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COLE: Nullification, a favorite of wild-eyed retro radicals (vote in poll)

June 1, 2010
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By Daniel Cole

The malicious gods of the leftist press couldn’t have devised a better formula to make conservatives look like unreconstructed racists. With President Barack Obama presiding over an unprecedented expansion of the welfare state, it’s only natural that limited-government types would rise in protest. Yet when they do, there’s always a swarm of race-obsessed commentators standing on the sidelines, observing that the president is black and concluding with staggering perspicacity that these Tea Partiers must be Nazis or Klansmen.

The growing nullification craze can only intensify this perception. For those of you who didn’t live through the first half of the nineteenth century, nullification is the Jeffersonian idea that individual states, as the sovereign creators of the federal compact, can opt out of federal laws which they deem unconstitutional. According to this view, state legislatures or popular state conventions, instead of the Supreme Court, are the final interpreters of the U.S. Constitution.

The most famous moment in nullification history is associated with the antebellum South, a fact which colors the entire conversation with shades of race. In 1832, a popular convention in South Carolina declared two tariffs unconstitutional and therefore null and void within the state’s borders. In response, Congress authorized President Andrew Jackson to use military force against South Carolina. Congress then negotiated a new tariff which better accommodated South Carolina’s interests, and the South Carolina convention reconvened to repeal its original ordinance. The state had won a partial victory, but the idea of nullification had been discredited.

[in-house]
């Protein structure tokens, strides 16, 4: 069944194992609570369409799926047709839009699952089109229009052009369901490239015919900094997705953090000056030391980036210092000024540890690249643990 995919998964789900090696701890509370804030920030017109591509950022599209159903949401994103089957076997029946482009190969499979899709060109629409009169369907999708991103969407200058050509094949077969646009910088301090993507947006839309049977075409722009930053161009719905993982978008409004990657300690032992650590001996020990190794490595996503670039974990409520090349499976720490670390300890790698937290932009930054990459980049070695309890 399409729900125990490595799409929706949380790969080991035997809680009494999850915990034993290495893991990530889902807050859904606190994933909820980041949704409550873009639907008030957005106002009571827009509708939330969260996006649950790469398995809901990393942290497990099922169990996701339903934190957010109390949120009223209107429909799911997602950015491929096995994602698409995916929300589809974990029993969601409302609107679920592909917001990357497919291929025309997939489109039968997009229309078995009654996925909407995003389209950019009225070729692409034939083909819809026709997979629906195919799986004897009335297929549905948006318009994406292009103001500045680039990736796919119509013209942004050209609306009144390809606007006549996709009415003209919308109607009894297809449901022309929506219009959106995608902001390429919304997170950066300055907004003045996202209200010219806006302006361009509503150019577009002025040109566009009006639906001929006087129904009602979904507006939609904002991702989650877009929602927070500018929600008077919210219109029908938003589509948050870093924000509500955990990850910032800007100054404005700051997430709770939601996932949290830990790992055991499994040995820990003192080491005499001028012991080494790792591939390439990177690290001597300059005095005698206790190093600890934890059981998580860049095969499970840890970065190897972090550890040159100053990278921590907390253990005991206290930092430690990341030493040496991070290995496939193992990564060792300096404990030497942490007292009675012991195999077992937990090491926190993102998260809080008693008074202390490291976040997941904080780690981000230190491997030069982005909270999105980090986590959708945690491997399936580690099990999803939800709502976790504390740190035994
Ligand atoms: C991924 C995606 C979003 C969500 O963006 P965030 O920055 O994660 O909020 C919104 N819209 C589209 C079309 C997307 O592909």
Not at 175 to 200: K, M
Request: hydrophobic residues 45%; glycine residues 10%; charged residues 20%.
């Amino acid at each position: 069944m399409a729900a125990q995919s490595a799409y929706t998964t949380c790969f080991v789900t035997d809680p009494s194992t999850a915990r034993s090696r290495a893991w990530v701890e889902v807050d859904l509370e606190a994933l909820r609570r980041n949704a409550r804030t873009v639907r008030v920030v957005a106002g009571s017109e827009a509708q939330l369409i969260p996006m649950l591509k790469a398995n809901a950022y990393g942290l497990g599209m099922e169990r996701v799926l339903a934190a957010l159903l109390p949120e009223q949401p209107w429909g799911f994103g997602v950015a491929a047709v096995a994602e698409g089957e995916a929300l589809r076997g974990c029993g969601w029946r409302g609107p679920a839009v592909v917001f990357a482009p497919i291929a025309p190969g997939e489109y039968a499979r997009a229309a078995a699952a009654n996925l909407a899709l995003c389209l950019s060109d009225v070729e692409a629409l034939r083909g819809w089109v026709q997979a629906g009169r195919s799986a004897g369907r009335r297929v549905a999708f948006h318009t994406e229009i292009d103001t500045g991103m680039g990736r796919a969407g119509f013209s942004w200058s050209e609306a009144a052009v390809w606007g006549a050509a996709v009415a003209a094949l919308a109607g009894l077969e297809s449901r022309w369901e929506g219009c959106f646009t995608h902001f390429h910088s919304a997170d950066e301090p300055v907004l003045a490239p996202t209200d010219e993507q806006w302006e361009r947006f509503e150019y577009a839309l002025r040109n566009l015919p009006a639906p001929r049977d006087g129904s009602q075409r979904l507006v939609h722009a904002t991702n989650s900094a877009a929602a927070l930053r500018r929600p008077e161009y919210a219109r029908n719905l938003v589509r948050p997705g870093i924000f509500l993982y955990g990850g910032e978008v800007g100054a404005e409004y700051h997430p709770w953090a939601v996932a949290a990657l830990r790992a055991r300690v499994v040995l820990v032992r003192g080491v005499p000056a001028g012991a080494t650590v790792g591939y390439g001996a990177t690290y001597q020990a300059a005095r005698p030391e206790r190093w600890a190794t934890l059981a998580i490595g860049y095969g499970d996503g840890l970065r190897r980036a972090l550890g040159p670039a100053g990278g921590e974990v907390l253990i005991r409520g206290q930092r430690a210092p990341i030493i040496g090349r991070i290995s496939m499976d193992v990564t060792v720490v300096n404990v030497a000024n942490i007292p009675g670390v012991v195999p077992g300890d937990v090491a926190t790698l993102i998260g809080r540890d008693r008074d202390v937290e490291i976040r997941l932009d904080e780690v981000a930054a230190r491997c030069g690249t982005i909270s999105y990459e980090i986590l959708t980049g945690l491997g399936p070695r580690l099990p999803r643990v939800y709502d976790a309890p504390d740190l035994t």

Or almost discredited. On the Tenth Amendment Center blog, bestselling author Tom Woods observes that as late as 1859, anti-slavery forces in Wisconsin were appealing to nullification against the Fugitive Slave Laws of 1850, which required northerners to return runaway slaves to their Southern owners. This history, however, has been largely forgotten. Now it’s well nigh impossible to broach the topic of nullification without being accused of sympathizing with the pre-war South.

But that hasn’t stopped a few rightwing politicians from embracing the concept. Down in Texas, Republican Debra Medina ran for governor on a nullification platform and became the darling of nullifiers everywhere. Here at home, Republican gubernatorial hopeful Dan Maes has more cautiously mentioned “nullification” as a political possibility. Across the country, legislators are introducing bills to declare Obamacare null and void within their respective states.

This movement is a symptom of desperation, a sign that a growing segment of the country is frantic to get out from underneath the weight of the feds. Commentators who try to draw a connection between nullification and supposed right wing racism are either historical halfwits or expect their readers to be.

But that doesn’t mean that nullification is a reliable vehicle for the conservative agenda. Even Republican Rep. Ron Paul of Texas, who thinks nullification is “a great idea,” has to acknowledge that “[i]t’s never really worked in our history.” Considering that South Carolina couldn’t successfully nullify laws emanating from the rinky-dink federal government of the 1830’s, why do today’s nullifiers think they’ll be more successful with the massive, regimented government of a George W. Bush or a Barack Obama?

(Please vote in poll to the right in red type. Must vote to see results. Thanks!)

It’s refreshing to see a group of pols, activists and academics stick to their guns and maintain such an unpopular position in the face of such overwhelming odds. But there comes a point, as Socrates suggests in Plato’s “Republic,” when courage becomes foolhardiness. Nullification’s ringleaders need to figure out what exactly they’re hoping to accomplish. If the goal is to get trounced politically but become a minor celebrity among the devotees of John C. Calhoun, as Debra Medina did, then nullification is sure to do the trick. But if the goal is to scale back the size of the federal government, then conservatives need to stay focused, disciplined and realistic.

Obamacare may never be repealed. But if it is, it will be through one of the old, established channels: federal lawsuits or federal elections. Maybe the 20 state attorneys general who have filed suit will manage to convince a federal court that Obamacare is unconstitutional. Maybe Republicans will win in 2012 and reverse the mandate. What is absolutely, positively certain is that Obama’s legislative enactments are not going to be nullified into oblivion.

What we need now are principled conservative leaders of exceptional canniness, not wide-eyed radicals who woke up yesterday thinking it was 1831.


Cole is a columnist for The Gazette’s editorial section who studies law at Columbia University.

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